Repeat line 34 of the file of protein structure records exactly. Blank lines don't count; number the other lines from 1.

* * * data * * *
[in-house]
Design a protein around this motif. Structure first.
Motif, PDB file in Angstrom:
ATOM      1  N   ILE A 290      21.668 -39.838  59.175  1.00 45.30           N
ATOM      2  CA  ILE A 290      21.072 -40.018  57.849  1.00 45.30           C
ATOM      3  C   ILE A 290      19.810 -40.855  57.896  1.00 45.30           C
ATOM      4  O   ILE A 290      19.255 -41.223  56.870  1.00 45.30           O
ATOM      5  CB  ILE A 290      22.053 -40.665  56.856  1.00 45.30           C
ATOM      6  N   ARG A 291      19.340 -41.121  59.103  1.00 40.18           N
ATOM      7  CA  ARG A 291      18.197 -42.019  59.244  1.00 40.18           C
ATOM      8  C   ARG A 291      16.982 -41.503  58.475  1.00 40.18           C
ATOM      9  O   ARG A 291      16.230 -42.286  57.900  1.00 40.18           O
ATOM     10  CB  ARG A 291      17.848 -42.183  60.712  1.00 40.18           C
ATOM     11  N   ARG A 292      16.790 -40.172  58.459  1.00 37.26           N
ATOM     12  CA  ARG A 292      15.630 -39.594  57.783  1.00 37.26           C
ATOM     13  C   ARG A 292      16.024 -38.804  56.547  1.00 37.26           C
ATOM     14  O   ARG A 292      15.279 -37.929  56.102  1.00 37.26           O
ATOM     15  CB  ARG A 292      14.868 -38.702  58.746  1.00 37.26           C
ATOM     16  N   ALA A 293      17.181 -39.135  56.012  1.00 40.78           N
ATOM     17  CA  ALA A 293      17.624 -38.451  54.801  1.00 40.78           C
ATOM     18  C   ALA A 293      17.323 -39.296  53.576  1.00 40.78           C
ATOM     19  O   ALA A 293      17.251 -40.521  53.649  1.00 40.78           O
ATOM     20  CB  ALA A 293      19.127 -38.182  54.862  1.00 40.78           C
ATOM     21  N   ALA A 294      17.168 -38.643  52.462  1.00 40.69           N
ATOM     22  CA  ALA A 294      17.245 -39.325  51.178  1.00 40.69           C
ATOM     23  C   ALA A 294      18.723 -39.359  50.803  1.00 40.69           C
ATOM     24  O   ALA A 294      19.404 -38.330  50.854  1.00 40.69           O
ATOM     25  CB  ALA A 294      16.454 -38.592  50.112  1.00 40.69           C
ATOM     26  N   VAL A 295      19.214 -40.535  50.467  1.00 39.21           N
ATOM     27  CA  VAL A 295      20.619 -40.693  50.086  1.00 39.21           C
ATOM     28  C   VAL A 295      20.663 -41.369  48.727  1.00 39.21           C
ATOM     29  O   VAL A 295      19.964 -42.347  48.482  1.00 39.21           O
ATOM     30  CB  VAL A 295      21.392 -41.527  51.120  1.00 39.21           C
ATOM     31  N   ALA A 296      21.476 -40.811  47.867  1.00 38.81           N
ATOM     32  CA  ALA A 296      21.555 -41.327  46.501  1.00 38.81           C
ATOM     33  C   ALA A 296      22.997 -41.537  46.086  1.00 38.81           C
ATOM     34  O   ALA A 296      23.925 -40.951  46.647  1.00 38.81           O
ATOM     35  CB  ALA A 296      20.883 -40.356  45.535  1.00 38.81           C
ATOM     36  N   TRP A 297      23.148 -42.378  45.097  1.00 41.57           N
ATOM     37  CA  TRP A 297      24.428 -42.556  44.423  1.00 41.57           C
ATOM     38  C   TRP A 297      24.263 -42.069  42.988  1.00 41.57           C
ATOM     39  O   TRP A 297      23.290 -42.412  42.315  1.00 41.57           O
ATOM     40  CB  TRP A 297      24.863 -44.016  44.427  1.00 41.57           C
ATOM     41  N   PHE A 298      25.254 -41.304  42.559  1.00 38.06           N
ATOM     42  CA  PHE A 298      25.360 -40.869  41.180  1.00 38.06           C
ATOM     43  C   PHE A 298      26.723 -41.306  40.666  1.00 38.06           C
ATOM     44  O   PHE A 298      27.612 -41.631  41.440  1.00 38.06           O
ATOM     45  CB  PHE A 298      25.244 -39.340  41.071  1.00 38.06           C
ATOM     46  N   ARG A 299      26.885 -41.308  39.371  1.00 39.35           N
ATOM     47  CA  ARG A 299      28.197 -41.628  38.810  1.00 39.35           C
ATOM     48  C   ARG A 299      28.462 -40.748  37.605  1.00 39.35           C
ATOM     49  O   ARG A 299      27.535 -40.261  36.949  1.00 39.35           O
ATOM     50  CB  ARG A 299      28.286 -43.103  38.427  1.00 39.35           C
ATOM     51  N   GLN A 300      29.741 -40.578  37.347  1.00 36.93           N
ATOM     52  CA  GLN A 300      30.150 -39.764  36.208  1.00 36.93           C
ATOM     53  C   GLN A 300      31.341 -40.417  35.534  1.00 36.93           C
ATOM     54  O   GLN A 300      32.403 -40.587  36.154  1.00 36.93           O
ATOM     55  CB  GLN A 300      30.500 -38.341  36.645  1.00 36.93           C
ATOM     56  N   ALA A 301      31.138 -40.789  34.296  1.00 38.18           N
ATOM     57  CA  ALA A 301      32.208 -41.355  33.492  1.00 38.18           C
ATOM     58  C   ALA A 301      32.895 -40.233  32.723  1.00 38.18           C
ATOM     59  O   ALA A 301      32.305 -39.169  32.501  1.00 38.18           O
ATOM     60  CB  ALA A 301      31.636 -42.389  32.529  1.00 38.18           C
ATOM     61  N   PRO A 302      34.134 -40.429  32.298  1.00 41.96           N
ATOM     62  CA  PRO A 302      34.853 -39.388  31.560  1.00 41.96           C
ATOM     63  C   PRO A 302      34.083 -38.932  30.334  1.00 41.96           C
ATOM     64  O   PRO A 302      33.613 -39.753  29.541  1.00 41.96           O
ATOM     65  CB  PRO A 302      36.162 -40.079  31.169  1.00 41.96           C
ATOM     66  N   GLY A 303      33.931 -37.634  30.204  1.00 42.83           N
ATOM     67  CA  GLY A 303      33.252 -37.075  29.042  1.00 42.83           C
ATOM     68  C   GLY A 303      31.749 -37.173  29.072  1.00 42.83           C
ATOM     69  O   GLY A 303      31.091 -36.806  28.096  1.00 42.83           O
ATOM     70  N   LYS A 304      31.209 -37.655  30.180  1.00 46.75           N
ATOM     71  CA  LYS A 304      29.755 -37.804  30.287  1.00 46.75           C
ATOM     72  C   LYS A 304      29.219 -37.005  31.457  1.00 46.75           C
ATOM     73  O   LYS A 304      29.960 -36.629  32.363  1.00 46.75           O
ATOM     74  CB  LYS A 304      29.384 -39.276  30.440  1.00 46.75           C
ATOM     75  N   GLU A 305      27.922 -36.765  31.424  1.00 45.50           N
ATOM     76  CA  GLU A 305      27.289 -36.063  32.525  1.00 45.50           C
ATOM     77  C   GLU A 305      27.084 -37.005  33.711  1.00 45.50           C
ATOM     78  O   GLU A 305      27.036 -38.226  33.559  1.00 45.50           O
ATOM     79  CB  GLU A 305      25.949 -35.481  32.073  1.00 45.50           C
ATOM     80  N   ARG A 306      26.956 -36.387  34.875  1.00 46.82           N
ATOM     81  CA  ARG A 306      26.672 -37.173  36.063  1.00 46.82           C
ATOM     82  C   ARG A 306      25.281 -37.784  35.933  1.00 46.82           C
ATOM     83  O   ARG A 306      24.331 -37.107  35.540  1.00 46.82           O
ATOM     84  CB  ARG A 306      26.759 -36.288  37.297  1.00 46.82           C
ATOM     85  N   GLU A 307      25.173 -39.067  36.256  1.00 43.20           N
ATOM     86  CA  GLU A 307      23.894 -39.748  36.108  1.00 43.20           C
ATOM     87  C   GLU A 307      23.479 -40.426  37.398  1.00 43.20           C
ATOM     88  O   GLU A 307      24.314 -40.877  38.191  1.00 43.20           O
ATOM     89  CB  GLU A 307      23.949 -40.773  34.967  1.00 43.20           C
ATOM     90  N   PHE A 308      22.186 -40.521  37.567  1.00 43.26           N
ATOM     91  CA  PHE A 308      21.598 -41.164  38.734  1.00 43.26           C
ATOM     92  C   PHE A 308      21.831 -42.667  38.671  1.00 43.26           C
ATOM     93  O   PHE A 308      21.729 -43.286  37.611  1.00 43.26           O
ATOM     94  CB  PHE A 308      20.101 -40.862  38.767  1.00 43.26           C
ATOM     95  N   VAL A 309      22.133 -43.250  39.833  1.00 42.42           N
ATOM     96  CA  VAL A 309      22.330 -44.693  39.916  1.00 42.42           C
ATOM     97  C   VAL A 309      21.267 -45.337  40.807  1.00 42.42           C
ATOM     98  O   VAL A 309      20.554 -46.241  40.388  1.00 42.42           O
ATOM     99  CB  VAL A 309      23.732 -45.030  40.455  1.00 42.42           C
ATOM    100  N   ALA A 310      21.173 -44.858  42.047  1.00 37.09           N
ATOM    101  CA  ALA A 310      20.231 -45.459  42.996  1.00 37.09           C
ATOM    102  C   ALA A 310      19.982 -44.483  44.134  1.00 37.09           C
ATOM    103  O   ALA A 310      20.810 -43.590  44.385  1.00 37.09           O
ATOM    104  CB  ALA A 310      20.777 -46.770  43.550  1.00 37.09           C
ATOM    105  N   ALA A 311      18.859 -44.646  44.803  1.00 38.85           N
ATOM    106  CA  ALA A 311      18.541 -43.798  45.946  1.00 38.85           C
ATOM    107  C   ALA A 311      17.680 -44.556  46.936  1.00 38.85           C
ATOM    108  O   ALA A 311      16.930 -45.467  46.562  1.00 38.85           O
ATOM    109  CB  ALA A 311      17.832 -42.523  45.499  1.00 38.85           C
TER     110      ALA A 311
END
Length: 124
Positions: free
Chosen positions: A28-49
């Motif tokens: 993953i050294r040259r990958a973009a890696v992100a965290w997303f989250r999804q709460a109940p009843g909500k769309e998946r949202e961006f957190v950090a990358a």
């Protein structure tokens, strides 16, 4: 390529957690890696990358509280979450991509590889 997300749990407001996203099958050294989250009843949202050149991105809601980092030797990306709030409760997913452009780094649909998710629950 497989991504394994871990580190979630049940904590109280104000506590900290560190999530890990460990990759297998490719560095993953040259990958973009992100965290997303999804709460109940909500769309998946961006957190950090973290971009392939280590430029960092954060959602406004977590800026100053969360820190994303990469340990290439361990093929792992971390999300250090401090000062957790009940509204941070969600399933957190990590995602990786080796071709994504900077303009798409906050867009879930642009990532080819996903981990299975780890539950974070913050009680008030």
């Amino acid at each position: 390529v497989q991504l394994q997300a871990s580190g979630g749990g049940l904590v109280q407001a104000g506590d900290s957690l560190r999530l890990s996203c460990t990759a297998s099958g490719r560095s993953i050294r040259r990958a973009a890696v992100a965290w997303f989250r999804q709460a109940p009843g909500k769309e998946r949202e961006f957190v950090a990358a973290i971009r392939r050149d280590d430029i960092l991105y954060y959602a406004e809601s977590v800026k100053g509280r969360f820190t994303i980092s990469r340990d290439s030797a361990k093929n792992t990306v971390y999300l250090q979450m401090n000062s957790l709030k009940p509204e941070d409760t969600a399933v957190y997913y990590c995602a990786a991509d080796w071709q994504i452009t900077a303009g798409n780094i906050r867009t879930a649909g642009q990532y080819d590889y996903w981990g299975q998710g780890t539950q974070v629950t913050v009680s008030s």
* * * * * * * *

ATOM     31  N   ALA A 296      21.476 -40.811  47.867  1.00 38.81           N